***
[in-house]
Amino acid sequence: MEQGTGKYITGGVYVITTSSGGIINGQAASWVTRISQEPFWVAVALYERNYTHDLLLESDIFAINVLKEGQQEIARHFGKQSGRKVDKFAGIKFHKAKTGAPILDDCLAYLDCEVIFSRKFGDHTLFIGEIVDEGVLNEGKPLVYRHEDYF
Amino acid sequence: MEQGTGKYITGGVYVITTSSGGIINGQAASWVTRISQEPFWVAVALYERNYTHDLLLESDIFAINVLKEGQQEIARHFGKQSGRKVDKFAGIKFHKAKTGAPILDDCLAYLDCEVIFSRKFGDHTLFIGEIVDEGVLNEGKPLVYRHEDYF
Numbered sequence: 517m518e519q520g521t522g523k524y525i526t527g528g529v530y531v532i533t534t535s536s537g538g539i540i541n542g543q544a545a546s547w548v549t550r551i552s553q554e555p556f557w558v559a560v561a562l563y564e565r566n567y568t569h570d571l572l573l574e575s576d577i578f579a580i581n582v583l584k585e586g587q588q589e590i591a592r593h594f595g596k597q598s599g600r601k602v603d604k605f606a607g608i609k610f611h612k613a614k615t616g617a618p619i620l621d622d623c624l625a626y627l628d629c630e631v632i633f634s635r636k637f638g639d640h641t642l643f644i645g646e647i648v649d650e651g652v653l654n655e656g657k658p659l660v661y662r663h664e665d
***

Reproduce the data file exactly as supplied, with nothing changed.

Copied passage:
[in-house]
Amino acid sequence: MEQGTGKYITGGVYVITTSSGGIINGQAASWVTRISQEPFWVAVALYERNYTHDLLLESDIFAINVLKEGQQEIARHFGKQSGRKVDKFAGIKFHKAKTGAPILDDCLAYLDCEVIFSRKFGDHTLFIGEIVDEGVLNEGKPLVYRHEDYF
Amino acid sequence: MEQGTGKYITGGVYVITTSSGGIINGQAASWVTRISQEPFWVAVALYERNYTHDLLLESDIFAINVLKEGQQEIARHFGKQSGRKVDKFAGIKFHKAKTGAPILDDCLAYLDCEVIFSRKFGDHTLFIGEIVDEGVLNEGKPLVYRHEDYF
Numbered sequence: 517m518e519q520g521t522g523k524y525i526t527g528g529v530y531v532i533t534t535s536s537g538g539i540i541n542g543q544a545a546s547w548v549t550r551i552s553q554e555p556f557w558v559a560v561a562l563y564e565r566n567y568t569h570d571l572l573l574e575s576d577i578f579a580i581n582v583l584k585e586g587q588q589e590i591a592r593h594f595g596k597q598s599g600r601k602v603d604k605f606a607g608i609k610f611h612k613a614k615t616g617a618p619i620l621d622d623c624l625a626y627l628d629c630e631v632i633f634s635r636k637f638g639d640h641t642l643f644i645g646e647i648v649d650e651g652v653l654n655e656g657k658p659l660v661y662r663h664e665d